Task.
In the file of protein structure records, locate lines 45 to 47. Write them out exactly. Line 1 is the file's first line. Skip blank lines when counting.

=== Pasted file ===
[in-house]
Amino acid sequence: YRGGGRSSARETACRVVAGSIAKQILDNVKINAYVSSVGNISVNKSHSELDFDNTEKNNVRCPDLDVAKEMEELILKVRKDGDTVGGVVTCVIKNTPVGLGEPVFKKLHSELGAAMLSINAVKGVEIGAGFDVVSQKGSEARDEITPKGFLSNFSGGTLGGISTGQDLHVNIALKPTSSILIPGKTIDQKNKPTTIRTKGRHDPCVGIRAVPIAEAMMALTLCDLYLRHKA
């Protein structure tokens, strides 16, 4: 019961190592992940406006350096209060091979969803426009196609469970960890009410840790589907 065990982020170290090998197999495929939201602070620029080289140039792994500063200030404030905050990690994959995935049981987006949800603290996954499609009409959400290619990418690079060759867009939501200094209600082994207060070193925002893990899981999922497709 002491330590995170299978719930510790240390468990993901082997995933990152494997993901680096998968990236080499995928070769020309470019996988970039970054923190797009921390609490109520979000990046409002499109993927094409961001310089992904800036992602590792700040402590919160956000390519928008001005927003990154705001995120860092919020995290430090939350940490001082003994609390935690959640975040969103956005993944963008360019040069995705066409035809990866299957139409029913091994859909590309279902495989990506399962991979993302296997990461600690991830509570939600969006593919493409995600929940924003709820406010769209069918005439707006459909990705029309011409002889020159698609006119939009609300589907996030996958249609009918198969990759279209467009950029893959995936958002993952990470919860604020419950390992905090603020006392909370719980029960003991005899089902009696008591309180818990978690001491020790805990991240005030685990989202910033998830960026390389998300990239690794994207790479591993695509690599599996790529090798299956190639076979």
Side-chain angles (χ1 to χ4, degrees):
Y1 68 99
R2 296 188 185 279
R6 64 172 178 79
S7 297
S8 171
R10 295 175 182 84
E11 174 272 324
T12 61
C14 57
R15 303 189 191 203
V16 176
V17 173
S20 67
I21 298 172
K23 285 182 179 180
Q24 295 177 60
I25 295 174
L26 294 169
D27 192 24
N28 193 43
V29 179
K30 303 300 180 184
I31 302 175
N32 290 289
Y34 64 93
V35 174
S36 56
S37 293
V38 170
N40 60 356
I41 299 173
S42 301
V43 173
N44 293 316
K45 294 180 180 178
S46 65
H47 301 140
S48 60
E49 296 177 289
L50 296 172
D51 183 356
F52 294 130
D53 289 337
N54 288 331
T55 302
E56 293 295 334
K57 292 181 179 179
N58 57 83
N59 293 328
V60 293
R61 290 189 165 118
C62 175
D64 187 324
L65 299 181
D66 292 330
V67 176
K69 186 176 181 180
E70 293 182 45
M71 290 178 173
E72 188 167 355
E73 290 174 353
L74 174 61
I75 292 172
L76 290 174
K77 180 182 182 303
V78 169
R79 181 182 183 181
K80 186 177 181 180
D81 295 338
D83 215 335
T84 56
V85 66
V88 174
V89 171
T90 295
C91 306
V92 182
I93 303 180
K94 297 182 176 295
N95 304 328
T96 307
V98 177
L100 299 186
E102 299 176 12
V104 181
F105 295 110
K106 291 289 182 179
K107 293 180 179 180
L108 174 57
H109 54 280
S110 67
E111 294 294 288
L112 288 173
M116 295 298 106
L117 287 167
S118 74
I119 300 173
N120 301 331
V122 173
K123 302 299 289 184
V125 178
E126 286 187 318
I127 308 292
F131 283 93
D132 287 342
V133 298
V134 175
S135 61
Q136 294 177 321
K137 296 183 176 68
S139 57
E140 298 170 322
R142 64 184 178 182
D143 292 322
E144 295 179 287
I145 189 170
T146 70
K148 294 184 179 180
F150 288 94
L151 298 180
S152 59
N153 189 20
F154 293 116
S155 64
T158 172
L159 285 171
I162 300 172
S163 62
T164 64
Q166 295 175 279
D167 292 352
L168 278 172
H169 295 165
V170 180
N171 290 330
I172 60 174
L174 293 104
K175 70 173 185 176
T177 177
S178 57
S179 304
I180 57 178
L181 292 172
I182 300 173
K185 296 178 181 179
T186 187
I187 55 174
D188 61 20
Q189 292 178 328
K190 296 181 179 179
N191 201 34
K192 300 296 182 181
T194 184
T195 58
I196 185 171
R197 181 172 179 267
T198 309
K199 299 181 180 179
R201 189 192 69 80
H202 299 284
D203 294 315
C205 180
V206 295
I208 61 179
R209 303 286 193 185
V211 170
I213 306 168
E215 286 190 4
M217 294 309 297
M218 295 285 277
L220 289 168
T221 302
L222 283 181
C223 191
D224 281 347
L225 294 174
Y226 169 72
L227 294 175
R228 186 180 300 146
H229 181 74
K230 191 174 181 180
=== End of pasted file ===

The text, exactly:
D51 183 356
F52 294 130
D53 289 337